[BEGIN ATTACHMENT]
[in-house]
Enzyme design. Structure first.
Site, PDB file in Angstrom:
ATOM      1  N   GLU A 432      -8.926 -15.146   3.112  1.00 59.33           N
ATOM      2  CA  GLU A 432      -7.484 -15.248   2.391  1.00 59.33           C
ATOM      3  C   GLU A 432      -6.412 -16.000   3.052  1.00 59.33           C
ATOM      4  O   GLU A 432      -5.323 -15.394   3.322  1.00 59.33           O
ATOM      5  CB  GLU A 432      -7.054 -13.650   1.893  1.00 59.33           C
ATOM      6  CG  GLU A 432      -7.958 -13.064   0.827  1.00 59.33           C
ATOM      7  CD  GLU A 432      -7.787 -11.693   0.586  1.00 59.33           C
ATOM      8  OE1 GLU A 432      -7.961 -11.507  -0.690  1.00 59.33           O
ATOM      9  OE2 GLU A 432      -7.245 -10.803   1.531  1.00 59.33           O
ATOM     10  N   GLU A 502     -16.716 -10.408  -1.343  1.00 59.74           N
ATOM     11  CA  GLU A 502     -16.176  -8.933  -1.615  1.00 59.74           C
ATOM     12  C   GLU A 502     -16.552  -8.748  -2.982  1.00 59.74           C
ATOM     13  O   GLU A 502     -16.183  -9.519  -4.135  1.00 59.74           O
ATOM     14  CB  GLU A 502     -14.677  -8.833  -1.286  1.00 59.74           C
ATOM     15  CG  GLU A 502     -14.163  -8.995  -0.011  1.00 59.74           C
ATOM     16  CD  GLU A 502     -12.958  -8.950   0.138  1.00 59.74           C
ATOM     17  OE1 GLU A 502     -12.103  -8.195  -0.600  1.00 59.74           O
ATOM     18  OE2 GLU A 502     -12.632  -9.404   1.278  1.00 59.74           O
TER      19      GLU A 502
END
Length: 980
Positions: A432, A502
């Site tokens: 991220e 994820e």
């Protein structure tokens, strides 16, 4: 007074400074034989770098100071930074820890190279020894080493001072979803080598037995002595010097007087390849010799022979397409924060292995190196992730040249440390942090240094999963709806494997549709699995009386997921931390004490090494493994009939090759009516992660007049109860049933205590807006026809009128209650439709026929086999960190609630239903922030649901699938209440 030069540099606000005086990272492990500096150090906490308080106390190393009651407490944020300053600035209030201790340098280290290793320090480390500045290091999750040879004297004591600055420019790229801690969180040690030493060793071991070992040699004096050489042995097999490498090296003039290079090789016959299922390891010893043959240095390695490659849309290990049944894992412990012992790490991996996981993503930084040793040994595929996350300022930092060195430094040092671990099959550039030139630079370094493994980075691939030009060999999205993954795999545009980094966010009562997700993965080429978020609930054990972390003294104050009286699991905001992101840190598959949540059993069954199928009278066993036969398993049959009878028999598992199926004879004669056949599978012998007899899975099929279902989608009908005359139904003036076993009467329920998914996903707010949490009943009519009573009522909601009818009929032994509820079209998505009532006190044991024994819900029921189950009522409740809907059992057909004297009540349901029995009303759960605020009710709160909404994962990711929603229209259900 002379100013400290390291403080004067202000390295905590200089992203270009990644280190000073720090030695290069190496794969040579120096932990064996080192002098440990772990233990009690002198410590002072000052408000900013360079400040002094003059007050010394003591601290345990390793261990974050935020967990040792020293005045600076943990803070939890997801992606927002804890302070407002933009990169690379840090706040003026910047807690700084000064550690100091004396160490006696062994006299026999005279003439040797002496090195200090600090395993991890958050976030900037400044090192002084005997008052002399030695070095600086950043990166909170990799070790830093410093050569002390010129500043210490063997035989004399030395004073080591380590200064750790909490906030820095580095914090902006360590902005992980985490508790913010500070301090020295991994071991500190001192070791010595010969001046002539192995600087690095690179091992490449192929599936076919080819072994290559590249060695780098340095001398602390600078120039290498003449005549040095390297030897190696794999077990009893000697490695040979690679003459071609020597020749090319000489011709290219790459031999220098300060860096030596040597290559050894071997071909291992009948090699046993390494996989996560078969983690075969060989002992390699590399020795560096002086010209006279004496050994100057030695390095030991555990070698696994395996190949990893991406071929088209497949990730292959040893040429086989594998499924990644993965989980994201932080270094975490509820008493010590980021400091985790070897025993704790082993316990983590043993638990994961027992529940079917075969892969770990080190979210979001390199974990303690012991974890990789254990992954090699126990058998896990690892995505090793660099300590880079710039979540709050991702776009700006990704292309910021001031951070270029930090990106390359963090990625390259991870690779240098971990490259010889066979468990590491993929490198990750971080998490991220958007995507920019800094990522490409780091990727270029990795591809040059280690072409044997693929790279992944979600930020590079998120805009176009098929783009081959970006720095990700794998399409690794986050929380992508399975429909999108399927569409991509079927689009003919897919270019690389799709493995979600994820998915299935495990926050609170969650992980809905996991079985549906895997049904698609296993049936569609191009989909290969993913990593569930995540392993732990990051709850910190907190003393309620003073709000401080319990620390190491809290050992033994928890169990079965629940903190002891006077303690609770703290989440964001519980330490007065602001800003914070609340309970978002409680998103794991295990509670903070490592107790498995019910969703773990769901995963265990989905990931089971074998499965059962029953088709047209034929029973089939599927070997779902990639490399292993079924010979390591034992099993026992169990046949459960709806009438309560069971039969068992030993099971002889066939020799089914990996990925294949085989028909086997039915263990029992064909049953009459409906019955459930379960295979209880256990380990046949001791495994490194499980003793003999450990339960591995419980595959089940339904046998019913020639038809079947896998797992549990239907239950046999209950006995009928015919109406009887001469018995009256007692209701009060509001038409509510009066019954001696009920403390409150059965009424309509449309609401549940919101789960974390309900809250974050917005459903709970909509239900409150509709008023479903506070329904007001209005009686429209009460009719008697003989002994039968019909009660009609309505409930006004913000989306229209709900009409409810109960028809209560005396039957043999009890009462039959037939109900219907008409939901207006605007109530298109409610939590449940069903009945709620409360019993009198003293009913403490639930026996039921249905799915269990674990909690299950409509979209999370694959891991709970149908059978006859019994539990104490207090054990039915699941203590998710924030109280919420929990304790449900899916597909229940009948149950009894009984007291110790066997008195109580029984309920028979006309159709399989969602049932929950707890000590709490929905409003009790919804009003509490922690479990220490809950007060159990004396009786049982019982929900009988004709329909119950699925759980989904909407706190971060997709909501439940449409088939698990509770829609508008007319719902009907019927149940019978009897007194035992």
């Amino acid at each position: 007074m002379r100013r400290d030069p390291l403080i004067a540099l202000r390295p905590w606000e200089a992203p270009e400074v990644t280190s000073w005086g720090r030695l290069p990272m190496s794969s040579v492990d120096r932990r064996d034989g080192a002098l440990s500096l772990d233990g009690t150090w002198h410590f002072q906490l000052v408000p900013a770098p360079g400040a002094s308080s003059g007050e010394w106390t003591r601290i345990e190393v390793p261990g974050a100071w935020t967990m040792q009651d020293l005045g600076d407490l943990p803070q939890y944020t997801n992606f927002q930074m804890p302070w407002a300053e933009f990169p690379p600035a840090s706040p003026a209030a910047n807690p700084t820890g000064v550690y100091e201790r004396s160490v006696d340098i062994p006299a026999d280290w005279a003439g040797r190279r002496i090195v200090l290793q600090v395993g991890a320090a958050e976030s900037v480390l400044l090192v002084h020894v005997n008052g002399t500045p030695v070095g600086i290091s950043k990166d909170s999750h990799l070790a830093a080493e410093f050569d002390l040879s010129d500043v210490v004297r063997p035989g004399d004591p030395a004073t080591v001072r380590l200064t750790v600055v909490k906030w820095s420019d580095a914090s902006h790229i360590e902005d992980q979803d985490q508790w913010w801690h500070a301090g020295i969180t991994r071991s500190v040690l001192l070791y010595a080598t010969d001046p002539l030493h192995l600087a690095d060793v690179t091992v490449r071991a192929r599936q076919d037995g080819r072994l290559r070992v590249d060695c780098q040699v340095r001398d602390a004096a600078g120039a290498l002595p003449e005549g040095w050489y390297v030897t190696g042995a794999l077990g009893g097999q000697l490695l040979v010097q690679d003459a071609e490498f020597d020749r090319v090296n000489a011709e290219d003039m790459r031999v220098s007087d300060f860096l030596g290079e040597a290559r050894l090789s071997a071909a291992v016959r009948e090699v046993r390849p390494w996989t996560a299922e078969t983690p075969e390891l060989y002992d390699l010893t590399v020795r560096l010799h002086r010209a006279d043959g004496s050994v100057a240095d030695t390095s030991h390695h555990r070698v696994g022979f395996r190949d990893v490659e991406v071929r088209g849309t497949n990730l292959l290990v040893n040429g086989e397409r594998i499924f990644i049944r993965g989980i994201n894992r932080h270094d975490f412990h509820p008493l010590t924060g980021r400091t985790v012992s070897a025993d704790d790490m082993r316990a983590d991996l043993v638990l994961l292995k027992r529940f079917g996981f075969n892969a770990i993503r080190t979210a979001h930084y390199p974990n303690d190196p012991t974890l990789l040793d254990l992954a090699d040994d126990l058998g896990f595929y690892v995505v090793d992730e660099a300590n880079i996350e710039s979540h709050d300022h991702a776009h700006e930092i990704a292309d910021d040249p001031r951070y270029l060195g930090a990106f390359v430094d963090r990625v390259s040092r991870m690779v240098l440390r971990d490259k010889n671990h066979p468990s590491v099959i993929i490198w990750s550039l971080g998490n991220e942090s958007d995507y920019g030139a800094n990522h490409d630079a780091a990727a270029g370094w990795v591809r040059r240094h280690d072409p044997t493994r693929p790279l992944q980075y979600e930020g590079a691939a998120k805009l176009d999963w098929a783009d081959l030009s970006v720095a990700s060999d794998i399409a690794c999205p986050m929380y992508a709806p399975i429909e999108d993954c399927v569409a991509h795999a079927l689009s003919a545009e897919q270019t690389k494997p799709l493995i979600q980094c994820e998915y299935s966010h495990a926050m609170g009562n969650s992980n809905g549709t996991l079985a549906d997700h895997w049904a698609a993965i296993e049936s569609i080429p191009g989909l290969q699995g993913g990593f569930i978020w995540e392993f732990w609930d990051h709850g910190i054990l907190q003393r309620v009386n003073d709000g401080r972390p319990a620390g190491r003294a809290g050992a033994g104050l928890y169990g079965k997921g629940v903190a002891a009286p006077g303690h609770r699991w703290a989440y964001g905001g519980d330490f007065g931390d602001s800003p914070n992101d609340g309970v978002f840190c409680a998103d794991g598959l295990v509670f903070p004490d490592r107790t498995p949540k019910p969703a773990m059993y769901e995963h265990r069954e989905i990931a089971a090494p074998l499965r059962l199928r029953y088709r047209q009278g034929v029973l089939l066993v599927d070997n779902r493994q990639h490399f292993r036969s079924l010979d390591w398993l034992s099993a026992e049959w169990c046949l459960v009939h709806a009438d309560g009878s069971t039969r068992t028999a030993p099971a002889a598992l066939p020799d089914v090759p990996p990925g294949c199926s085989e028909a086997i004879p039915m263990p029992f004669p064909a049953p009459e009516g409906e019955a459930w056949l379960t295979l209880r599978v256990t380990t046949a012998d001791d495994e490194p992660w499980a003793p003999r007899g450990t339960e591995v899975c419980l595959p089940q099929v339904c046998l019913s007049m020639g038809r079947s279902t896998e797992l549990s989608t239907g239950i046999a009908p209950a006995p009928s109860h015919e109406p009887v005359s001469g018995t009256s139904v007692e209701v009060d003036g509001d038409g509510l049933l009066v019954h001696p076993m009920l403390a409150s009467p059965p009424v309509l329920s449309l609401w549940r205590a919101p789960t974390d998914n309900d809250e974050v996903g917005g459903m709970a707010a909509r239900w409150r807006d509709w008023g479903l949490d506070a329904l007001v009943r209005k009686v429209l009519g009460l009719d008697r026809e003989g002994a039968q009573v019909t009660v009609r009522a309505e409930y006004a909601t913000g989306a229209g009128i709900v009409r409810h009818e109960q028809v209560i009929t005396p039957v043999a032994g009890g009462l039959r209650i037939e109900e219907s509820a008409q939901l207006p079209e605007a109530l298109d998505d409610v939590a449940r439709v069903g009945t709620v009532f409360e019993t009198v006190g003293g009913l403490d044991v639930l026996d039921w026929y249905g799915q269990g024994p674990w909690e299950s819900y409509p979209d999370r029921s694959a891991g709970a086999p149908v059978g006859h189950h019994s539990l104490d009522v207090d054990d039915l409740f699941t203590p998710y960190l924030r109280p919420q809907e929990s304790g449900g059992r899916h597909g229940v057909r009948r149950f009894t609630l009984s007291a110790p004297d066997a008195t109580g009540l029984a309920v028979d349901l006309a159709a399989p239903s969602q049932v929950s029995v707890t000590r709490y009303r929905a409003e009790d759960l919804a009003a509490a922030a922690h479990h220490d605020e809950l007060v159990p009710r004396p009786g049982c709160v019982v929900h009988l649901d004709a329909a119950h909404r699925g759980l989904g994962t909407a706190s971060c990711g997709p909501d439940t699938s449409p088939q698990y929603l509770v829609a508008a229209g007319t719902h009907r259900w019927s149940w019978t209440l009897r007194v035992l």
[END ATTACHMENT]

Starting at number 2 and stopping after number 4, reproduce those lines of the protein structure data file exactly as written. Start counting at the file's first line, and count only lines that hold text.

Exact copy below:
Enzyme design. Structure first.
Site, PDB file in Angstrom:
ATOM      1  N   GLU A 432      -8.926 -15.146   3.112  1.00 59.33           N